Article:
3.3 Functions in mikroC Pro for PIC

In general, it is a good programming practise to write a large complex program as a collection of smaller modules, where each module can be tested independent of the main code. A function can be thought of as a self-contained, testable program code, developed to perform a specific task. Functions are also created when it is required to repeat a certain algorithm at several different places of the main program. For example, it may be required to convert the temperature from °F into °C at several places in a program. Instead of repeating the code, it is more efficient and the program is more maintainable if a temperature conversion code is written in the form of a function. This function can then be called whenever it is required to make the required conversion.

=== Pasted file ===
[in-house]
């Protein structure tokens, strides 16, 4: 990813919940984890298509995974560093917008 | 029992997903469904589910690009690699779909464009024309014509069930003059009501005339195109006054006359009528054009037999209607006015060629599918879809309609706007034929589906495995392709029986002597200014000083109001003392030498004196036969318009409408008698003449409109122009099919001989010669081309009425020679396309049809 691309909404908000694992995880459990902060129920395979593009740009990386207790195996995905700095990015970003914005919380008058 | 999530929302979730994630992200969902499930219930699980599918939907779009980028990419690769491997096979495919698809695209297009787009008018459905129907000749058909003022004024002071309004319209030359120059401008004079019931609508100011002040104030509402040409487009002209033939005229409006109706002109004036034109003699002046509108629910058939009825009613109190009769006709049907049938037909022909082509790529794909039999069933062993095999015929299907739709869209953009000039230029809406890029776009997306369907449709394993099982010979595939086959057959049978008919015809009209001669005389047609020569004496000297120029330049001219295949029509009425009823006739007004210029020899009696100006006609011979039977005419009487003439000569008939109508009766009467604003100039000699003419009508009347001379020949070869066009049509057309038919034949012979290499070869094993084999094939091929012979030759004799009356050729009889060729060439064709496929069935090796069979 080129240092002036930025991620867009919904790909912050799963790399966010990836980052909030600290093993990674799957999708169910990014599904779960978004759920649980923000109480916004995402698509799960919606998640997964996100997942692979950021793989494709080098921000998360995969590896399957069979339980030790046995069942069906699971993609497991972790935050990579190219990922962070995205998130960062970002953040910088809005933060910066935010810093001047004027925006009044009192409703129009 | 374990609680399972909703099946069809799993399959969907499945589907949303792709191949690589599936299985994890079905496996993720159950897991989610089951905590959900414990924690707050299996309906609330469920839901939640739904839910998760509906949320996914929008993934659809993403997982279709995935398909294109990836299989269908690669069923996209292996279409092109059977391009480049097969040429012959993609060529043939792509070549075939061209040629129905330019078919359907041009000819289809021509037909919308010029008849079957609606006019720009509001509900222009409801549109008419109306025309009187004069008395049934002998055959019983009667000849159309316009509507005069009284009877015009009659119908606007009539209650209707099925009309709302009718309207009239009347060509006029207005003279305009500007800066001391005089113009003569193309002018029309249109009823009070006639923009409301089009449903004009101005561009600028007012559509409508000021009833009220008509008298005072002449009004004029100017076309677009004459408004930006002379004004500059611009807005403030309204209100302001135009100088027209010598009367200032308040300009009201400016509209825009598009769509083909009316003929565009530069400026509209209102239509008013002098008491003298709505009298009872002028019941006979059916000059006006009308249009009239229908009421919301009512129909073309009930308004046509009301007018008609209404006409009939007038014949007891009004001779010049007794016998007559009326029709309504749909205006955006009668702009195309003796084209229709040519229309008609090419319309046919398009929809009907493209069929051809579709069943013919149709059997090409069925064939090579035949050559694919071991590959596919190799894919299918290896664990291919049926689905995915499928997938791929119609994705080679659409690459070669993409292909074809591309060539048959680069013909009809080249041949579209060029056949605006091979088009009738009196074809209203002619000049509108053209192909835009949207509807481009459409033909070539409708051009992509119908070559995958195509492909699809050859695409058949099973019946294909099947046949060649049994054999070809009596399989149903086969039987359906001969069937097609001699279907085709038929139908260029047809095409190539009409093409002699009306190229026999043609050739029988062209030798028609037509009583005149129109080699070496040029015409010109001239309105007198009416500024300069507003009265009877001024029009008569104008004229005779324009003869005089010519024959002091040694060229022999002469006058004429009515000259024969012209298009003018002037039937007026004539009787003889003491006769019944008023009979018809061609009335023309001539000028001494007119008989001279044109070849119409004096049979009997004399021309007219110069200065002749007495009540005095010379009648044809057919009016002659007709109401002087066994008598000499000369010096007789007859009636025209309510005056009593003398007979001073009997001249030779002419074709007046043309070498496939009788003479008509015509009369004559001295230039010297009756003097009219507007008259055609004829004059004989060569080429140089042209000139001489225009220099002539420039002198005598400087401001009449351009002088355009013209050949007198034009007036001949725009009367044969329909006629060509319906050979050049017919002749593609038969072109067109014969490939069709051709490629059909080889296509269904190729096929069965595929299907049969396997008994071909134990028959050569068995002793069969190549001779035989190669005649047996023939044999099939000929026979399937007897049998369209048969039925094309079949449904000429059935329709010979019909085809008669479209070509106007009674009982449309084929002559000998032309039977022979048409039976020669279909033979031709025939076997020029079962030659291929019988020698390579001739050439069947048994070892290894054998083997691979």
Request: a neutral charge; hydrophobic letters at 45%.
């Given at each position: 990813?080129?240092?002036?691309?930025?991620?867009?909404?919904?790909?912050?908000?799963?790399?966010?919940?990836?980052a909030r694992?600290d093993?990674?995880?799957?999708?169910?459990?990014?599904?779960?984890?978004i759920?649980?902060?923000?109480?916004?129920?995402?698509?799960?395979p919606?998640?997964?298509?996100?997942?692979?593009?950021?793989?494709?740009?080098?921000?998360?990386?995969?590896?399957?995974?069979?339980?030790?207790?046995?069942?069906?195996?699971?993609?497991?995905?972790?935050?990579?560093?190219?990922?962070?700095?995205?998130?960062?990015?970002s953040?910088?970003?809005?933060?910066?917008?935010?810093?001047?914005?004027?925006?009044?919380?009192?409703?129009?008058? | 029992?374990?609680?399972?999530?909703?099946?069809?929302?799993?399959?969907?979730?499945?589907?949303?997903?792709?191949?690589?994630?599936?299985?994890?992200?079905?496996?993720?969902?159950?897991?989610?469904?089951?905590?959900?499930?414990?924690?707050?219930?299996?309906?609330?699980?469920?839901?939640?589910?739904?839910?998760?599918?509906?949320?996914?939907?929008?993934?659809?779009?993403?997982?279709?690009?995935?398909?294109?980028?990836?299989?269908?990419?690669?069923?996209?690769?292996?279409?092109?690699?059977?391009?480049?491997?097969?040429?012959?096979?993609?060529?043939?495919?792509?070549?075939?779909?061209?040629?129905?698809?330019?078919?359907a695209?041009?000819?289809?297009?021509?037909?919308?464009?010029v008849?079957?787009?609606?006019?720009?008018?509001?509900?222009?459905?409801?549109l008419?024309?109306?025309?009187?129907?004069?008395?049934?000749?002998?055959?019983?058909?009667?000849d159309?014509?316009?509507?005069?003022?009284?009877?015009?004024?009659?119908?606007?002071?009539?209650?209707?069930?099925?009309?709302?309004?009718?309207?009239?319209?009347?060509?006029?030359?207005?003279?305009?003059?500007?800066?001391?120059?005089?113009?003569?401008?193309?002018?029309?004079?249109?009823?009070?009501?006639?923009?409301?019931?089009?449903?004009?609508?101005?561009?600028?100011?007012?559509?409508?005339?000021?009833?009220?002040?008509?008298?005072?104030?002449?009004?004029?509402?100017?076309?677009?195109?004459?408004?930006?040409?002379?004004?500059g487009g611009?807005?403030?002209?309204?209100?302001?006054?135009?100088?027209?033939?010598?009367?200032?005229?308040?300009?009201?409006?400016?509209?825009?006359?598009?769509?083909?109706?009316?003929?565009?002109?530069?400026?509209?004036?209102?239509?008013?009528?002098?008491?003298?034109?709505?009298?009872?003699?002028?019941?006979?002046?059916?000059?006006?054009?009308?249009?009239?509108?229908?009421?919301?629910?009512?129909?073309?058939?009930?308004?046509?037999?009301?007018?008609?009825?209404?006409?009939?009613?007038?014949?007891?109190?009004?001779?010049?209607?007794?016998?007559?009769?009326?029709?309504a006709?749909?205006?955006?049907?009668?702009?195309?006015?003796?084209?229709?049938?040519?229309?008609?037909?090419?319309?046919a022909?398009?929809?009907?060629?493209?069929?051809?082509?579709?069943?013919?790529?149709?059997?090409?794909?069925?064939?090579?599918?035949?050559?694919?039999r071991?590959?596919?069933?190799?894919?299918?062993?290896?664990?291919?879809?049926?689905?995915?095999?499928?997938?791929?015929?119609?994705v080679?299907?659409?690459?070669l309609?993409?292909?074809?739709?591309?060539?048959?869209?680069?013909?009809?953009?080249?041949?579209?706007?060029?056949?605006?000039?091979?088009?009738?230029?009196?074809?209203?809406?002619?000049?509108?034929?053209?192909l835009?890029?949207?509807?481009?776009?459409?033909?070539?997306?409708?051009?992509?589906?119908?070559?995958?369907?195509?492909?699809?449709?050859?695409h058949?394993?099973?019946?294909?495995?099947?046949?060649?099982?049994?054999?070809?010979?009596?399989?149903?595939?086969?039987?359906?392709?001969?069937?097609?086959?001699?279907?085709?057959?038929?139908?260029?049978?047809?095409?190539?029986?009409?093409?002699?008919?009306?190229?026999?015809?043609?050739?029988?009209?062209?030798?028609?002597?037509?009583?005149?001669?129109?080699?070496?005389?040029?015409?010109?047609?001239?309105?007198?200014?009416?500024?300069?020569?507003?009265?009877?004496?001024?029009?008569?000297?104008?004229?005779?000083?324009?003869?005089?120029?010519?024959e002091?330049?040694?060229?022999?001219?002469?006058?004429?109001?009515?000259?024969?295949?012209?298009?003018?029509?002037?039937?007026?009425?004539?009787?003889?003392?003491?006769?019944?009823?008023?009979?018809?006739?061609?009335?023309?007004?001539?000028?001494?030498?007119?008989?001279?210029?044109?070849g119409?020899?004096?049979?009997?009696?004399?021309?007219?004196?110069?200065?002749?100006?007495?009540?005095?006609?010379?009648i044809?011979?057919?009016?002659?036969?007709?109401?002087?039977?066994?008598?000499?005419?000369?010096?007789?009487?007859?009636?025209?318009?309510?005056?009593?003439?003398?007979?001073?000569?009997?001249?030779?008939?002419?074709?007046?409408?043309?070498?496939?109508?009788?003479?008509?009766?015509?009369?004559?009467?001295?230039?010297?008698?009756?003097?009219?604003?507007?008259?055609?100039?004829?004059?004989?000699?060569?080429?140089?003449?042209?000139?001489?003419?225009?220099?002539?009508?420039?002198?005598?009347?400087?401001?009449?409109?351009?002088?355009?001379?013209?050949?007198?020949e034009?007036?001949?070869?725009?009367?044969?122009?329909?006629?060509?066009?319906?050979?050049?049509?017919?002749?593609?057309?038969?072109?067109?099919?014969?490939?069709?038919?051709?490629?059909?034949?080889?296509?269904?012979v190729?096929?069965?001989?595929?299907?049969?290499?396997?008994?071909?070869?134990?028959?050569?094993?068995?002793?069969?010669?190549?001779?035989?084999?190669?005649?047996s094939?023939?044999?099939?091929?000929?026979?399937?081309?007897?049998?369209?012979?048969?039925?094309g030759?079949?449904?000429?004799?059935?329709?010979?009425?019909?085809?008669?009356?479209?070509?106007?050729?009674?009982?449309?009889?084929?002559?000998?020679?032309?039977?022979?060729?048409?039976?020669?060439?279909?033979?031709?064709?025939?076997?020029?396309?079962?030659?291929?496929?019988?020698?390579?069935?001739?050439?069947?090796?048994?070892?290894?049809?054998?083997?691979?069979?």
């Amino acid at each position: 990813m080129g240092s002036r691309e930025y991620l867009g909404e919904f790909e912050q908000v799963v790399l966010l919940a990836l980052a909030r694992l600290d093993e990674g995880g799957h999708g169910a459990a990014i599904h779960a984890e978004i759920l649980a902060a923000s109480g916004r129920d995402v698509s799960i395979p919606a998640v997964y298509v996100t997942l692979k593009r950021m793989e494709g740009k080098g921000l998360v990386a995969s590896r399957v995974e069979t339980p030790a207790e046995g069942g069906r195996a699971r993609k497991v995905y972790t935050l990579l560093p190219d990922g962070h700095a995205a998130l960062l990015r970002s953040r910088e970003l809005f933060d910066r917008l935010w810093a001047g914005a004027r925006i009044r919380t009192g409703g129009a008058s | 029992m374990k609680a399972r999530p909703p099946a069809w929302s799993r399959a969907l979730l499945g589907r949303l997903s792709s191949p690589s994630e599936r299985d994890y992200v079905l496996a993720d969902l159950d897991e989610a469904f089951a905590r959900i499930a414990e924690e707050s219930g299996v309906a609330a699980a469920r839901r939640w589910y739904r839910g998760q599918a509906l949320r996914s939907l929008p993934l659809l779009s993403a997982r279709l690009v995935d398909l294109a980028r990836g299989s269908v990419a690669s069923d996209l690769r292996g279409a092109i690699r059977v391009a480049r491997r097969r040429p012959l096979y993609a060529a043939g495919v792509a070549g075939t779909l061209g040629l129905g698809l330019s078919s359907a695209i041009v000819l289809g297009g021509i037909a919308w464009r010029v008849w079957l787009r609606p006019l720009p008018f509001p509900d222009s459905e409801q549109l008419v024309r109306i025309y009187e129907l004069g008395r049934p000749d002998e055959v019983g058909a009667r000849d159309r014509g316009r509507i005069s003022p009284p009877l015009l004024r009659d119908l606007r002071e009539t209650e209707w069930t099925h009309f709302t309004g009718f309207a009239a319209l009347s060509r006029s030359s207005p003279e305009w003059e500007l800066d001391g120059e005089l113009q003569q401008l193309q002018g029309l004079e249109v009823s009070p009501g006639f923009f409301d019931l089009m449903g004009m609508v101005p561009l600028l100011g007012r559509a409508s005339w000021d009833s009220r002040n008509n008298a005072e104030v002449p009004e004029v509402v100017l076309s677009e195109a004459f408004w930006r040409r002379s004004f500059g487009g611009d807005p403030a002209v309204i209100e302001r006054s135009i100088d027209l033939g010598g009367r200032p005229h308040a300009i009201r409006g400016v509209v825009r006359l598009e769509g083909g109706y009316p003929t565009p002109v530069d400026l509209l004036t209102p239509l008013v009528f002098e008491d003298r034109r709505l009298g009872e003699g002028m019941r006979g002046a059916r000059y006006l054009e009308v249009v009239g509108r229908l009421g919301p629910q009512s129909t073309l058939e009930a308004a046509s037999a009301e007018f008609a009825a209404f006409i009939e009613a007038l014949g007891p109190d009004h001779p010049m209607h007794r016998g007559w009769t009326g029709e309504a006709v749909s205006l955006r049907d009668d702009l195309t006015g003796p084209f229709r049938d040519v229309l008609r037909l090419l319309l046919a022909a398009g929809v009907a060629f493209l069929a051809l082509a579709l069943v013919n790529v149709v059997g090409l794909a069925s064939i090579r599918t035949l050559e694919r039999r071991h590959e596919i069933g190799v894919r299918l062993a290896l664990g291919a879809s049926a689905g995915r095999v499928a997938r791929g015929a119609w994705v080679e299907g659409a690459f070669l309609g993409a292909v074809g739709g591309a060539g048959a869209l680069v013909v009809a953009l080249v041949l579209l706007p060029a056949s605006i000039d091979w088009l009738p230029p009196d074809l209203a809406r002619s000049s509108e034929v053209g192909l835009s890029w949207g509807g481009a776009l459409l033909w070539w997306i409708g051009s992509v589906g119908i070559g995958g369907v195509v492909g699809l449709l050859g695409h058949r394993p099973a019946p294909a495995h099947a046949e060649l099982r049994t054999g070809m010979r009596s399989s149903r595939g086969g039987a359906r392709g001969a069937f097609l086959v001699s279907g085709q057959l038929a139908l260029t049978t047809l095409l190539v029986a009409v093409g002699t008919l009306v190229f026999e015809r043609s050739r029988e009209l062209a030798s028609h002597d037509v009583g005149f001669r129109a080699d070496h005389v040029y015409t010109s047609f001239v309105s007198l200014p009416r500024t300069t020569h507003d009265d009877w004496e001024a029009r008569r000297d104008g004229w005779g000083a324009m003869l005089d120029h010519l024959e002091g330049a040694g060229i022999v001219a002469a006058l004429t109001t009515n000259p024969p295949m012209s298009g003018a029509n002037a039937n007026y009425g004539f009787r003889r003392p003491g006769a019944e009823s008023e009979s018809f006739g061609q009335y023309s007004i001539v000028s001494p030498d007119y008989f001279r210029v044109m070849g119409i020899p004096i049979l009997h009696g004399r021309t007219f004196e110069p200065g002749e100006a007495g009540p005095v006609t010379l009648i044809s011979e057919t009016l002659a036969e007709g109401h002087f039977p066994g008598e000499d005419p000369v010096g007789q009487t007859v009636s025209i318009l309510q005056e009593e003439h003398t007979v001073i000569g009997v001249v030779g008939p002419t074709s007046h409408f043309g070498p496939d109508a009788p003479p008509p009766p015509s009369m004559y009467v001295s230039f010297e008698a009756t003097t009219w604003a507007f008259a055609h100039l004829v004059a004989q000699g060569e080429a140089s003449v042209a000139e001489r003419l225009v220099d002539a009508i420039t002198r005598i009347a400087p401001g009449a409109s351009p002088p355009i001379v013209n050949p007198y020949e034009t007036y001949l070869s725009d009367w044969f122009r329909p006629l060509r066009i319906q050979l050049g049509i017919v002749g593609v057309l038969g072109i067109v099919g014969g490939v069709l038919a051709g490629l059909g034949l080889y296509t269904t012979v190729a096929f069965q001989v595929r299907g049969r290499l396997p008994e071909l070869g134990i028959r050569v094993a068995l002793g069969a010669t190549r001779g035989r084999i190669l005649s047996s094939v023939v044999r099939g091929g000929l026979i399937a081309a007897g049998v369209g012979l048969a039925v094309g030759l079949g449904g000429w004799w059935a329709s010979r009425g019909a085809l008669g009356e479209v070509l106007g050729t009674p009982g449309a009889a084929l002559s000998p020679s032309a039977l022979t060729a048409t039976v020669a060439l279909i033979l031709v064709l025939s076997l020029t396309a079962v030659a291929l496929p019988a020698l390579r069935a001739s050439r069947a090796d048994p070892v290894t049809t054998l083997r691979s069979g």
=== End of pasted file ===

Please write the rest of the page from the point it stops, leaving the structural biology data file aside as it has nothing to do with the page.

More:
The general format of a function declaration is as follows:

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Functions usually (not always) perform a certain operation and return data to the calling program. The function type indicates the type of returned data, name is the name of the function, and the parameters (if any) should be separated by commas. The statements inside the function should be enclosed within a pair of curly brackets.

An example function declaration is given below, which calculates the circumference of a circle and returns to the calling program. Here, the radius of the circle is passed as an argument to the function: ...

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